Many of the greatest social challenges in our inner cities involve race and poverty.   In early February, I hosted a Presidential Symposium that focused on revitalizing K-12 education in Rochester at which Mayor Lovely Warren presented the keynote speech.  The Symposium highlighted programs that work, such as the Hillside Work-Scholarship Connection that has more than doubled the graduation rates of the Rochester City School District for its students.  We also are proud of the University’s Upward Bound programs, administered by our Kearns Center, that have supported nearly 300 low income area high school students in an effort to increase the number of Rochester City School District students who apply and gain admission to college.  Upward Bound has a 96 percent high school graduation rate.  In opening this Symposium, I stressed, “K-12 education is one of the great social challenges of the 21st century.  When many universities have scaled back their support of schools of education, the University of Rochester is determined to invest in K-12 education as part of our commitment to the greater Rochester community and, most of all, its children.”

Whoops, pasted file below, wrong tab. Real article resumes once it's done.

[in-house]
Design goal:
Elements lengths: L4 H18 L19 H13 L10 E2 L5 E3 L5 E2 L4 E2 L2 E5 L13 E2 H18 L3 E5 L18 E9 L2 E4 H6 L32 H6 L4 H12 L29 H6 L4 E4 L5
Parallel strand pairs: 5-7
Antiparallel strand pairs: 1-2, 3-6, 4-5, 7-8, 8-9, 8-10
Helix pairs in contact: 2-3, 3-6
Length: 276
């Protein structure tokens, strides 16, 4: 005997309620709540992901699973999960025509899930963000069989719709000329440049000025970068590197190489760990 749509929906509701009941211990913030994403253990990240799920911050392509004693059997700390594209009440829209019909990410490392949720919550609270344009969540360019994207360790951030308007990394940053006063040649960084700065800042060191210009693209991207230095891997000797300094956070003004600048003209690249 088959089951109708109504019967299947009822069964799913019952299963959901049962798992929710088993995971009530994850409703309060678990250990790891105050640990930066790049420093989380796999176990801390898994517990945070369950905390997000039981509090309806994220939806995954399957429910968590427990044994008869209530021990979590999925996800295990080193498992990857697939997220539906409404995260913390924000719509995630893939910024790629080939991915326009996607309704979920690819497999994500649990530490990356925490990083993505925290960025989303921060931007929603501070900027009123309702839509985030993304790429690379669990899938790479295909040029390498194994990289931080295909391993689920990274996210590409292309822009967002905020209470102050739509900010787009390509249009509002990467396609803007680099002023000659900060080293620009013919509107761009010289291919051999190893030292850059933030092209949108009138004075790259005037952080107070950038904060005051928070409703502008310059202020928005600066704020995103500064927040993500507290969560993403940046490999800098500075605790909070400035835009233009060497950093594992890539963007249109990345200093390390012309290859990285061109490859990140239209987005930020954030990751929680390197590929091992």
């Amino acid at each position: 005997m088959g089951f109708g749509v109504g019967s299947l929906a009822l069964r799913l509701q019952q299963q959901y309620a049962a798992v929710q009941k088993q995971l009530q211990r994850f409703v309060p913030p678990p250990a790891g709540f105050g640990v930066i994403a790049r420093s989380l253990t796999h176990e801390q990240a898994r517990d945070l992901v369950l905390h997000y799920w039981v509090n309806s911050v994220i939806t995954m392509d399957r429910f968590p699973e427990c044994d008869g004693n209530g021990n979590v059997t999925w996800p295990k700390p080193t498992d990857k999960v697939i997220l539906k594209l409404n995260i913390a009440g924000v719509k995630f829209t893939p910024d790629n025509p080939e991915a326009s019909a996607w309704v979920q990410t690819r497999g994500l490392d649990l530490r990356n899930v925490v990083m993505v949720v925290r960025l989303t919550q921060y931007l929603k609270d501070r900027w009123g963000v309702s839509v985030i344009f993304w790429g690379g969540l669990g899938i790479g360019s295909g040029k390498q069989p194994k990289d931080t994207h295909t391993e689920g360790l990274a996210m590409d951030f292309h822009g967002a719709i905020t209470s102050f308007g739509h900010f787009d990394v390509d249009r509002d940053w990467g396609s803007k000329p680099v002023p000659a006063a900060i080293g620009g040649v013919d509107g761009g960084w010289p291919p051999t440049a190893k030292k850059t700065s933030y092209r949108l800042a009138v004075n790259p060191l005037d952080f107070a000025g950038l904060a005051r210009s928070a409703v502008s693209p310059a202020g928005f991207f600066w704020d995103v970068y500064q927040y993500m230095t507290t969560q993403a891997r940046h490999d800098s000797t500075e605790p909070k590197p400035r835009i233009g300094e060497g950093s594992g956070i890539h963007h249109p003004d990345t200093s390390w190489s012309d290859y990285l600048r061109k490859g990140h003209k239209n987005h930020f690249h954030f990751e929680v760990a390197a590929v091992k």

East High School is the largest high school in Rochester and is on the verge of being closed by the State because of inadequate performance.  We were asked by the Rochester City School Board if we would assume the role of an Educational Partnership Organization, the equivalent to the Superintendent for East High School, under a special statute that addresses low performing high schools.   For several weeks a number of our Warner School of Education faculty, led by Dean Raffaella Borasi and Steve Uebbing, have developed an Educational Partnership Organization plan which was submitted to the School Board for approval.  This plan, among other things, anticipates doubling East High School graduation rates from the current 42 percent to 84 percent over a seven year period, assuming full implementation of the plan. The plan would revitalize a public high school, doing so with unionized employees, fully protecting their financial benefits. It is nonetheless uncertain whether we will be able to proceed.  We also must achieve concord on Memoranda of Agreement with the four relevant unions at East High School. If these approvals occur, we will submit the Educational Partnership Organization agreement to the State Education Department by July 1. If the State approves the plan we will prepare a full operational plan by December which also will require additional approvals.  The operational plan will be developed collaboratively with East High School teachers, parents, students; indeed, all other stakeholders.  This is a complicated process, but one that can dramatically improve the lives of students at East High School and potentially create a model of how challenged high schools can be revitalized.  There also will be significant academic advantages to the students and faculty at the University’s Warner School.  No one should have any delusions that this is easy.  This will not work unless there is flexibility and cooperation among all key decision makers involved.  I, for one, have been encouraged by the spirit of cooperation and mutual determination.  We need all parties to make a commitment in these emergency circumstances to be sufficiently flexible to save a high school that is on the ropes.  The jury is still out as to whether this will occur.